Assortment of extra LEGO pieces, especially gears and beams
Engineer’s Planning Sheet
Markers, crayons, paint, or other art supplies
Tape (to tape markers, crayons etc. to LEGO pieces)
Large sheets of paper to draw on
Preparation and Set Up: Collect necessary materials
Tape down large sheets of paper to floor if necessary
Photocopy worksheets
Arrange students into groups of 3
Decide how you will distribute extra pieces and drawing utensils
Write design requirements on the board
Necessary Background Review gears and gear ratios

Vocabulary:
Prototype
Engineering Design Process
Gears
Gear ratio

Procedure
  • Tell students that in this challenge they will be making spin art. Explain to them what spin art is and the different ways they can go about making it. Spin art is created by any medium spinning in some manner, whether it is the marker drawing in circles, paint being spun, or paper being rotated, etc. Students may attach these things to a car that they program, or a stationary object, or whatever they choose; this activity is very open ended for students design-wise.
  • Show students different pictures and/or videos of spin art toys, explaining what they do and how they work. Also, it may be a good idea to review how gears work. Explain the engineering design process, emphasizing the prototype and the redesign.
  • Tell them the requirements for their spin art makers. Examples of requirements are:
  •       Must have at least three gears
  •       Can be manual or electric
  •       Must use two different mediums (i.e. markers and paint, paint and crayons, etc)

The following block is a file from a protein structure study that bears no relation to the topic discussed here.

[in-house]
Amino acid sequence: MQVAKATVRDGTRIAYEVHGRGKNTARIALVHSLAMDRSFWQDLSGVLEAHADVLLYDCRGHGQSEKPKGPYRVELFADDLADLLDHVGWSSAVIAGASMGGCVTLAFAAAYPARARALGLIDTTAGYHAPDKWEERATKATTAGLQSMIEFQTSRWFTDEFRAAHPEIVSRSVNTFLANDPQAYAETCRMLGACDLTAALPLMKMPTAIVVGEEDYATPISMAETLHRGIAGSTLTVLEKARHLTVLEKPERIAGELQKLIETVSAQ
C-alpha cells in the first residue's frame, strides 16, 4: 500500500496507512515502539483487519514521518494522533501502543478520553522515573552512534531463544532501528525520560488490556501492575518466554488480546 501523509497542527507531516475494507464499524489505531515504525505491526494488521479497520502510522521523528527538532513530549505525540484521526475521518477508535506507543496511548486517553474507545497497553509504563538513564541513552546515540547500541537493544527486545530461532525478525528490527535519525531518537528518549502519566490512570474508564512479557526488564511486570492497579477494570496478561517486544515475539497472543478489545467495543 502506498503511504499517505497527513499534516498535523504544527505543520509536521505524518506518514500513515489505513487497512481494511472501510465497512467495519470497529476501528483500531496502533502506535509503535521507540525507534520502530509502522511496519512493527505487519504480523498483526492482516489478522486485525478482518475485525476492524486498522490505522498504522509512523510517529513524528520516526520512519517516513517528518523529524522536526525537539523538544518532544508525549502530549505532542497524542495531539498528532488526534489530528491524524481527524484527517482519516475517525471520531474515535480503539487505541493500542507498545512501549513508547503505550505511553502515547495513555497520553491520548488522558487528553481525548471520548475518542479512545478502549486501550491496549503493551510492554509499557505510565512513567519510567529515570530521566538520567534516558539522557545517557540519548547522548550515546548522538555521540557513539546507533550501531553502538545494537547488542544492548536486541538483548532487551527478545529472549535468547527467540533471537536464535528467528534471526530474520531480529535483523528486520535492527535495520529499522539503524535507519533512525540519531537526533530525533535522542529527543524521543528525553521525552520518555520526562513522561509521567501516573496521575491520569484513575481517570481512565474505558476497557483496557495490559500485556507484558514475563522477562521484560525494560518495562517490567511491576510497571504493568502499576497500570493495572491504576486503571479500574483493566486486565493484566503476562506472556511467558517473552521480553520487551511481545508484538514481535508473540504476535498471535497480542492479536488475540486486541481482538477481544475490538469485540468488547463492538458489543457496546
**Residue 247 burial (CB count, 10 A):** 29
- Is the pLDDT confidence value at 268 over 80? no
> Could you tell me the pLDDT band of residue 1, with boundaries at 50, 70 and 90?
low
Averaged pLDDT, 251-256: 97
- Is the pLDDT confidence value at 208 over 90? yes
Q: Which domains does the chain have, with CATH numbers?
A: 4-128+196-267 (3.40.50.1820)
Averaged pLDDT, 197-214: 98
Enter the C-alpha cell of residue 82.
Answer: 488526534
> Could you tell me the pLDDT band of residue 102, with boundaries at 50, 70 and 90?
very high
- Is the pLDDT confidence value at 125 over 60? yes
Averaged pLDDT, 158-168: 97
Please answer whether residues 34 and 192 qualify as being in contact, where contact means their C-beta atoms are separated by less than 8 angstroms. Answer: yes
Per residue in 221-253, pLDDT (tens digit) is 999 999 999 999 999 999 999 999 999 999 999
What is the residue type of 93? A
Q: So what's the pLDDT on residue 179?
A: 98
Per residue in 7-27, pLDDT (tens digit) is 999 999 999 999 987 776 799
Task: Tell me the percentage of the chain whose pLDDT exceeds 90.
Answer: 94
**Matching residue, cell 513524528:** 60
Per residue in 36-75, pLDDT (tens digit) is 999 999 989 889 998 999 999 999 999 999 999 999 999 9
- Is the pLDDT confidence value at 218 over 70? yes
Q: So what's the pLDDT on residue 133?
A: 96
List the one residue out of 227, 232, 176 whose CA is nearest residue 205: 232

• Allow the class to brainstorm different ideas for their spin art design. Have them plan out and draw their design on the engineering planning sheet.
  • Distribute materials and have students start building. You may have to assist students with taping markers to their project.
  • After the students finish, review the activity with the class. Have them share their ideas, ask groups to explain what the hardest part of the challenge was, etc.
Extensions: Have students add more gears
Have students add more drawing utensils (more markers, etc)
Have students put their drawing utensils on different axes (i.e. one paintbrush horizontal and one marker vertical)
Have students add a sensor that causes something on their spin art maker to perform some act (i.e. when the light sensor senses white, the blue marker starts spinning)
Reference 1 http://sites.tufts.edu/stompactivitydatabase/files/formidable/a.jpg
Reference 2 http://sites.tufts.edu/stompactivitydatabase/files/formidable/b.jpg
Reference 3 http://sites.tufts.edu/stompactivitydatabase/files/formidable/c1.pdf

Challenge Swap

ACTIVITY HEADER

 

 

 

Name of Activity Challenge Swap
Author STOMP
Keywords swap, challenge, objective, materials, procedure, method, assessment
Subject Non-LEGO
Grade Level 4, 5, 6, 7, 8, 9+
Time 1 Hour Total
Brief Description Students will swap challenges that they design for each other and try to do the given challenge. The challenge must include an objective, a materials list, procedure, and methods of assessment.
Lesson Objectives: - To develop and plan activities.
- To review previous skills.
Materials Needed: - Paper and pencils.
- Additional materials to be decided by challenge writer.
Preparation and Set Up: n/a
Procedure
  1. Have students create any design challenge they would like for someone else in the class.
  2. The challenge can have any focus or skill level as decided by the teacher. Give any constraints you want to the class.
  3. Have students create a materials list and methods of assessing his or her solution.
    1. Why does someone need to do this challenge?
    2. How will someone know if he/she has completed the challenge?
  4. Tell students to keep in mind the amount of time allowed for completing the challenge.
Reference 1 http://sites.tufts.edu/stompactivitydatabase/files/formidable/Challenge-Swap-5.pdf